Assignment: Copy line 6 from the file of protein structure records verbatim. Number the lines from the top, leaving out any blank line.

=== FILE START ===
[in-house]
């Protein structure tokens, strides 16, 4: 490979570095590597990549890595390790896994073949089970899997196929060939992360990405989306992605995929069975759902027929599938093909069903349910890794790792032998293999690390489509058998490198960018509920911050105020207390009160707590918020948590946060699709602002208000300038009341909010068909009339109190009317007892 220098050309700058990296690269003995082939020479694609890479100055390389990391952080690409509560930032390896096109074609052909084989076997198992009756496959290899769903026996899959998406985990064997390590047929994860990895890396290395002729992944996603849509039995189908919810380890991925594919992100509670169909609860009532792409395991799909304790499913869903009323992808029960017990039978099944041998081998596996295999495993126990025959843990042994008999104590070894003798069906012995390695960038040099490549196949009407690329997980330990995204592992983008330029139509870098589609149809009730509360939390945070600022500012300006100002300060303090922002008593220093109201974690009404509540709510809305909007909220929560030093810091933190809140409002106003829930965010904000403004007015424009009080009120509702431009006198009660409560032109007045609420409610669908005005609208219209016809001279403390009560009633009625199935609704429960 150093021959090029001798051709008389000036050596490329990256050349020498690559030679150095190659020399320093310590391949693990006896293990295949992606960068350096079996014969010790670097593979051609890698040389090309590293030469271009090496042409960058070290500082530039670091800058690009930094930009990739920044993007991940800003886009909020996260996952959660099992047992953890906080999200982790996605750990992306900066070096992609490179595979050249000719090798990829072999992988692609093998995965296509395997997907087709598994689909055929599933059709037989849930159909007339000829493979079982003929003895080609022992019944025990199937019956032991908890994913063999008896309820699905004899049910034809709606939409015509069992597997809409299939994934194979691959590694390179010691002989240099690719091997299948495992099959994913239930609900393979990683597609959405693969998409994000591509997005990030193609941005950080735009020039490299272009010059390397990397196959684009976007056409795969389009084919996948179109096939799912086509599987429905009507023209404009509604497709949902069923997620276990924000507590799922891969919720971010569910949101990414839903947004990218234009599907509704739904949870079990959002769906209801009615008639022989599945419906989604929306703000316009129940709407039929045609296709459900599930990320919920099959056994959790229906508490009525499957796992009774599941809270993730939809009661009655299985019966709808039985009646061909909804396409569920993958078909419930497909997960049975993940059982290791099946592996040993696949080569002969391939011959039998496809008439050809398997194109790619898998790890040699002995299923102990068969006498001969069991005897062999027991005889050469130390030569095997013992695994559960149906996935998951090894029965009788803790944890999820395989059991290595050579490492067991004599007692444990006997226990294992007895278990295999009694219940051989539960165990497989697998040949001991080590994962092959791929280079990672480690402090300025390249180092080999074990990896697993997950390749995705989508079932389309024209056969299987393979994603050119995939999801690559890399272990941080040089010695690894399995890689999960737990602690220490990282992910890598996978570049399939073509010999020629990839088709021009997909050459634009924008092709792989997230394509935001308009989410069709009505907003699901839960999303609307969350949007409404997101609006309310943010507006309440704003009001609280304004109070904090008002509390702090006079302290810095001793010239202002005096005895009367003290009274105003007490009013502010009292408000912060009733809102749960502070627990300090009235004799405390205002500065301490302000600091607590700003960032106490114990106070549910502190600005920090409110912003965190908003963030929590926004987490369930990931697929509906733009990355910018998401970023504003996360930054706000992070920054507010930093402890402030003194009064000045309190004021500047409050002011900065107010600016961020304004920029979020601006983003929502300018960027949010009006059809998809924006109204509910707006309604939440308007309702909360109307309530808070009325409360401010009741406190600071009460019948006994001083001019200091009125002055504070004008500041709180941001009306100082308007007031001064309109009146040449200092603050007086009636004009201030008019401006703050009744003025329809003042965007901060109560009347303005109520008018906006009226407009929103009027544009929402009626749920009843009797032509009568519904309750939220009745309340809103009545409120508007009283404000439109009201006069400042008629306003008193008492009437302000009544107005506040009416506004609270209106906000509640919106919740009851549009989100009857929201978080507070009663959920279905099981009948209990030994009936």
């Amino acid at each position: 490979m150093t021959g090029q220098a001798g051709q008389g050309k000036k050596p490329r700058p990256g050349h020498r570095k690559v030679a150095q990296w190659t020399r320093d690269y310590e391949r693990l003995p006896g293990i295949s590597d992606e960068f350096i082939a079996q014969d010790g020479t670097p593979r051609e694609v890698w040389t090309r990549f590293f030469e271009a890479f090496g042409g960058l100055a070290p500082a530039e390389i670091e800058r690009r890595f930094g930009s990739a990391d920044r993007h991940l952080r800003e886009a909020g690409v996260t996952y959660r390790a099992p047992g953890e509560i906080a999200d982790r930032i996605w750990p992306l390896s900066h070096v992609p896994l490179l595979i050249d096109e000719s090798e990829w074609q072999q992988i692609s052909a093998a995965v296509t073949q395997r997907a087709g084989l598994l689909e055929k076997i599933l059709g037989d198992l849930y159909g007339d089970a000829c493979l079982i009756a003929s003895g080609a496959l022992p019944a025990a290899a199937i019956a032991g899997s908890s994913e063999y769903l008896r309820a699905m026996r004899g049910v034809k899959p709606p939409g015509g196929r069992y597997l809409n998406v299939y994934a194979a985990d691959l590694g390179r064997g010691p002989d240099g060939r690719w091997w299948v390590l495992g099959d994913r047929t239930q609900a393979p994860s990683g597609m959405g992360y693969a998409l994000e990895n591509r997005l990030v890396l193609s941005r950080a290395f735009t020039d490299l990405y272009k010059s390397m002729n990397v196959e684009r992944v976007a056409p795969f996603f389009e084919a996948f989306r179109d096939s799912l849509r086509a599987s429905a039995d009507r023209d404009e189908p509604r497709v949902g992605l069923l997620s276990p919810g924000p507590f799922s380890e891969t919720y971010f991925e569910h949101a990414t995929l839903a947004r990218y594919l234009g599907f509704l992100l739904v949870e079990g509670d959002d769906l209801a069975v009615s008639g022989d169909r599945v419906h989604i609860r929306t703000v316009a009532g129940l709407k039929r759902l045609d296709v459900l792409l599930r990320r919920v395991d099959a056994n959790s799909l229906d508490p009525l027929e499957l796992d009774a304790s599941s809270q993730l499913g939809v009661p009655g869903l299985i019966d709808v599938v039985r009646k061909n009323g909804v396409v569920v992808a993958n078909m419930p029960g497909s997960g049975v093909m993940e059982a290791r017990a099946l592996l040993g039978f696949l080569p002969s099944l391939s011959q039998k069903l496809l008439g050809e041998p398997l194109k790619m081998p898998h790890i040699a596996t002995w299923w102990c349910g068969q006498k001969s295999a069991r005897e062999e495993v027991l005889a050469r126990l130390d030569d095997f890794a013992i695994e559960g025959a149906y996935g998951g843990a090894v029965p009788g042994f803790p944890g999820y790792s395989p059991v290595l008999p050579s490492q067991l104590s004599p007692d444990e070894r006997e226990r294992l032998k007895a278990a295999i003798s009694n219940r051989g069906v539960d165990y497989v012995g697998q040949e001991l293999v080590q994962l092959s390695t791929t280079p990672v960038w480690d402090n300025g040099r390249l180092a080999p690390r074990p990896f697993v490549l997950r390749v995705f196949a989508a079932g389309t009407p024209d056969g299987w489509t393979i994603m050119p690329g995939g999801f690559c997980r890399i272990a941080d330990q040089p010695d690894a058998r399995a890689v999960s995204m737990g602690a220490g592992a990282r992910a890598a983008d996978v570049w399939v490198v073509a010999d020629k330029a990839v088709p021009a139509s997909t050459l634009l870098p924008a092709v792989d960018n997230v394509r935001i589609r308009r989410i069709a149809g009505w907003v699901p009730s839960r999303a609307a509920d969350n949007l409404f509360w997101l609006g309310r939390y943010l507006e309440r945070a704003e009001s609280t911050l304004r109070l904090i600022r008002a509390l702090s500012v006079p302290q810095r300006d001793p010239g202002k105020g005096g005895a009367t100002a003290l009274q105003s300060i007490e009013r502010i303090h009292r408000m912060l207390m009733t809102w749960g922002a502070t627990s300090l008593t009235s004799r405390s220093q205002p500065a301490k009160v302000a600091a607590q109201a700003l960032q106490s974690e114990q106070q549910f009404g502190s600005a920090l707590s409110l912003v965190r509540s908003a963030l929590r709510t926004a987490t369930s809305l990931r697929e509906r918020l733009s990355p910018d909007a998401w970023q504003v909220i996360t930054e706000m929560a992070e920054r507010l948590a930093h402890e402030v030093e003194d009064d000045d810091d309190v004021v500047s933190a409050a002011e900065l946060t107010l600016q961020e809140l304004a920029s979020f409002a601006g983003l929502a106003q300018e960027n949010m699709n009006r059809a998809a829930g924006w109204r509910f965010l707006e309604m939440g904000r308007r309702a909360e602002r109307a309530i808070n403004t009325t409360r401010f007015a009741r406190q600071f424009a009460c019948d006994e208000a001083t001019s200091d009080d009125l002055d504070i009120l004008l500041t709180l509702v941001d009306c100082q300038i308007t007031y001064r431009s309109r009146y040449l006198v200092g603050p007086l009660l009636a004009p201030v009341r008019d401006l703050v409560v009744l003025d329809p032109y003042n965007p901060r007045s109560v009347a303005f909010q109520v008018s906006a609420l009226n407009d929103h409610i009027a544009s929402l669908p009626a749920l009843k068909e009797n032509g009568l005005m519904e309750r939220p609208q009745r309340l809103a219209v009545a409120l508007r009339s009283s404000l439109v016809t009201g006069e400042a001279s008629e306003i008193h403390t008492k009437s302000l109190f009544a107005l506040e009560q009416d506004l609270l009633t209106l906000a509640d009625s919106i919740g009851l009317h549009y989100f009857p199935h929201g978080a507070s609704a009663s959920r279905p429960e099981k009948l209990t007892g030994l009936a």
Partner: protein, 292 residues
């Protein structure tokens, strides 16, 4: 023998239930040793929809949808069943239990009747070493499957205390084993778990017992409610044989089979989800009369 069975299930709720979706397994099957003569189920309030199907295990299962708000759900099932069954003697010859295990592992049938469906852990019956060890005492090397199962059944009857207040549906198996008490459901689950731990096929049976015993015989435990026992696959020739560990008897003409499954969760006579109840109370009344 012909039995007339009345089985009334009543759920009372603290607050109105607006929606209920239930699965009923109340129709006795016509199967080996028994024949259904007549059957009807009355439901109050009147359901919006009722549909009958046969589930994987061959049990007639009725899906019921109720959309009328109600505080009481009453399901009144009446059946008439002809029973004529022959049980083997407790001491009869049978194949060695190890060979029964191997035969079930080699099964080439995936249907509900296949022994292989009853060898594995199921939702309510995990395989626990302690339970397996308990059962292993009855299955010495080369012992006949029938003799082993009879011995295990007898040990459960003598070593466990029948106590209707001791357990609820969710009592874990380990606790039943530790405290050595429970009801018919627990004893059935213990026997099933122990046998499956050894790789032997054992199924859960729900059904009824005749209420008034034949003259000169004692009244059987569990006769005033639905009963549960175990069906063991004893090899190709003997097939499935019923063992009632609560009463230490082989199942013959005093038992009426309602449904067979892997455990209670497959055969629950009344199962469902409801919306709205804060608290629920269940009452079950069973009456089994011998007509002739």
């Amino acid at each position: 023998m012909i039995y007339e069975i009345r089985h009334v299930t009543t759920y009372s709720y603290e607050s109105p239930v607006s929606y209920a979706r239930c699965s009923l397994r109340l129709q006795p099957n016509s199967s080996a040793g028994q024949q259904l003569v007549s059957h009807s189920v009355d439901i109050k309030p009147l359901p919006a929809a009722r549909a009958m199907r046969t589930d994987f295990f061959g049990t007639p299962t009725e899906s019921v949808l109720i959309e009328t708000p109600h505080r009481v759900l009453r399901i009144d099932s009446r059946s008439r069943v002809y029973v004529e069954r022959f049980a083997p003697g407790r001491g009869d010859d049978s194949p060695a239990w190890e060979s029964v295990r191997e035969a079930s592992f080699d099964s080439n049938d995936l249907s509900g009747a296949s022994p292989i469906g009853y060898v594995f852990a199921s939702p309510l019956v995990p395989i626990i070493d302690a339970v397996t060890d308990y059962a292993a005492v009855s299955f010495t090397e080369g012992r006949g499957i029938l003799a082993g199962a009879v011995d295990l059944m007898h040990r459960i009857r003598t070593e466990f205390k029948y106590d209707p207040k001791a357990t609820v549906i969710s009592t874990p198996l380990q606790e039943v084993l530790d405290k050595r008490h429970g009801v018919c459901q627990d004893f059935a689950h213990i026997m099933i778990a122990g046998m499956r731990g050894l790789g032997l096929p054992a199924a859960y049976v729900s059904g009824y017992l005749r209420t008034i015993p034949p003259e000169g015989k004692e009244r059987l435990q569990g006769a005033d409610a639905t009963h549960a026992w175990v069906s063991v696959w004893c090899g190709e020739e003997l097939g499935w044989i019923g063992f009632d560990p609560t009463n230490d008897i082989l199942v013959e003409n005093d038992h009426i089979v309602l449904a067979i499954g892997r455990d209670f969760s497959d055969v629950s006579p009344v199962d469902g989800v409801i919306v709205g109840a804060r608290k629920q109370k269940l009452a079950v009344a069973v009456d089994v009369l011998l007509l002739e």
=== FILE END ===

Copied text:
């Amino acid at each position: 023998m012909i039995y007339e069975i009345r089985h009334v299930t009543t759920y009372s709720y603290e607050s109105p239930v607006s929606y209920a979706r239930c699965s009923l397994r109340l129709q006795p099957n016509s199967s080996a040793g028994q024949q259904l003569v007549s059957h009807s189920v009355d439901i109050k309030p009147l359901p919006a929809a009722r549909a009958m199907r046969t589930d994987f295990f061959g049990t007639p299962t009725e899906s019921v949808l109720i959309e009328t708000p109600h505080r009481v759900l009453r399901i009144d099932s009446r059946s008439r069943v002809y029973v004529e069954r022959f049980a083997p003697g407790r001491g009869d010859d049978s194949p060695a239990w190890e060979s029964v295990r191997e035969a079930s592992f080699d099964s080439n049938d995936l249907s509900g009747a296949s022994p292989i469906g009853y060898v594995f852990a199921s939702p309510l019956v995990p395989i626990i070493d302690a339970v397996t060890d308990y059962a292993a005492v009855s299955f010495t090397e080369g012992r006949g499957i029938l003799a082993g199962a009879v011995d295990l059944m007898h040990r459960i009857r003598t070593e466990f205390k029948y106590d209707p207040k001791a357990t609820v549906i969710s009592t874990p198996l380990q606790e039943v084993l530790d405290k050595r008490h429970g009801v018919c459901q627990d004893f059935a689950h213990i026997m099933i778990a122990g046998m499956r731990g050894l790789g032997l096929p054992a199924a859960y049976v729900s059904g009824y017992l005749r209420t008034i015993p034949p003259e000169g015989k004692e009244r059987l435990q569990g006769a005033d409610a639905t009963h549960a026992w175990v069906s063991v696959w004893c090899g190709e020739e003997l097939g499935w044989i019923g063992f009632d560990p609560t009463n230490d008897i082989l199942v013959e003409n005093d038992h009426i089979v309602l449904a067979i499954g892997r455990d209670f969760s497959d055969v629950s006579p009344v199962d469902g989800v409801i919306v709205g109840a804060r608290k629920q109370k269940l009452a079950v009344a069973v009456d089994v009369l011998l007509l002739e």